Socioeconomic Differences in the Association Between Competitive Food Laws and the School Food Environment.
Sommaire de l'article
Schools of low socioeconomic status (SES) tend to sell fewer healthy competitive foods/beverages. This study examined whether state competitive food laws may reduce such disparities.
School administrators for fifth- and eighth grade reported foods and beverages sold in school. Index measures of the food/beverage environments were constructed from these data. Schools were classified into SES tertiles based on median household income of students' postal zip code. Regression models were used to estimate SES differences in (1) Healthy School Food Environment Index (HSFEI) score, Healthy School Beverage Environment Index (HSBEI) score, and specific food/beverage sales, and (2) associations between state competitive food/beverage laws and HSFEI score, HSBEI score, and specific food/beverage sales.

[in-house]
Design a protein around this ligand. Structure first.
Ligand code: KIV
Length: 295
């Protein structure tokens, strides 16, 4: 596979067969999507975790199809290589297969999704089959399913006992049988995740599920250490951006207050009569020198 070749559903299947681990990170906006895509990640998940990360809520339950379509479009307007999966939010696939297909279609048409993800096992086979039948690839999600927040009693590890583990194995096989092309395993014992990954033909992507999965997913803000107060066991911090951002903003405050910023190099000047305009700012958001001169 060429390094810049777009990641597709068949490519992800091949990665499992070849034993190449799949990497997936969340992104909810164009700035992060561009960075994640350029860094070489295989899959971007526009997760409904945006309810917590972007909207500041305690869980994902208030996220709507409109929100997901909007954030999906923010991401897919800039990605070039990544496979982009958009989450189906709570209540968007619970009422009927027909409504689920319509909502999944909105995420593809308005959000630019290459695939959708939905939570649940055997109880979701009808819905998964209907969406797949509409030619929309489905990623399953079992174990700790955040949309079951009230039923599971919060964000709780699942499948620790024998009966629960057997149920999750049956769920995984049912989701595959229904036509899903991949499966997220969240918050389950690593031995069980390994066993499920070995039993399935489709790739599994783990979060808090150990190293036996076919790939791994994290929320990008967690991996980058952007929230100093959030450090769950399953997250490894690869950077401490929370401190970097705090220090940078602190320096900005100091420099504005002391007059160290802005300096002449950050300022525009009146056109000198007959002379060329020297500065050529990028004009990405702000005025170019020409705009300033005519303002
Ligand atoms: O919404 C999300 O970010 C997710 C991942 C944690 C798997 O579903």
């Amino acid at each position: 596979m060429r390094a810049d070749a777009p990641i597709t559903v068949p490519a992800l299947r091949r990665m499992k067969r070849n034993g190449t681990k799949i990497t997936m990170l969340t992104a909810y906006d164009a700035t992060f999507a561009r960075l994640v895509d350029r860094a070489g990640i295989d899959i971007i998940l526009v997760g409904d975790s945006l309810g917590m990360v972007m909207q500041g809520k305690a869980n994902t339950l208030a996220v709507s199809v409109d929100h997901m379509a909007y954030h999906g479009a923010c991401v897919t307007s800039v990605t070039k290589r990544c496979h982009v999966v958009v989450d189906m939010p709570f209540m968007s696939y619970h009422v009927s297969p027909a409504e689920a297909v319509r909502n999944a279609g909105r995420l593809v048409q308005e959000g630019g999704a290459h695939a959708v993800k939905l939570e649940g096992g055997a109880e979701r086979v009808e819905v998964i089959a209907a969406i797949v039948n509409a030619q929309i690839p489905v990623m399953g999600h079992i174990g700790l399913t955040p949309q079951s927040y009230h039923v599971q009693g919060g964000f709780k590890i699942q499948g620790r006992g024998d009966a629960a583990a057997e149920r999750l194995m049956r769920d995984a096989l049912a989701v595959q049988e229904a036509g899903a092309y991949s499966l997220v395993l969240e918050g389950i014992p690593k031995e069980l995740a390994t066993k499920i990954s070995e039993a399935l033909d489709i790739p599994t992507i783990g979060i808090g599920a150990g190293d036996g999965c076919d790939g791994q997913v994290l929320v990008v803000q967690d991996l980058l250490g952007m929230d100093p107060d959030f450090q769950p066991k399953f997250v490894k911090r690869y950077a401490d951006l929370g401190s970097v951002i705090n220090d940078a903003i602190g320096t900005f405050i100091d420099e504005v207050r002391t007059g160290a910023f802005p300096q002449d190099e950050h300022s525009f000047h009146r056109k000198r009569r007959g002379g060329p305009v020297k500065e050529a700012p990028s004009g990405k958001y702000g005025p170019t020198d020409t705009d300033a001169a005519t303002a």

Strong competitive food laws were positively associated with HSFEI in eighth grade, regardless of SES. Strong competitive beverage laws were positively associated with HSBEI particularly in low-SES schools in eighth grade. These associations were attributable to schools selling fewer unhealthy items, not providing healthy alternatives. High-SES schools sold more healthy items than low-SES schools regardless of state laws.
Strong competitive food laws may reduce access to unhealthy foods/beverages in middle schools, but additional initiatives are needed to provide students with healthy options, particularly in low-SES areas.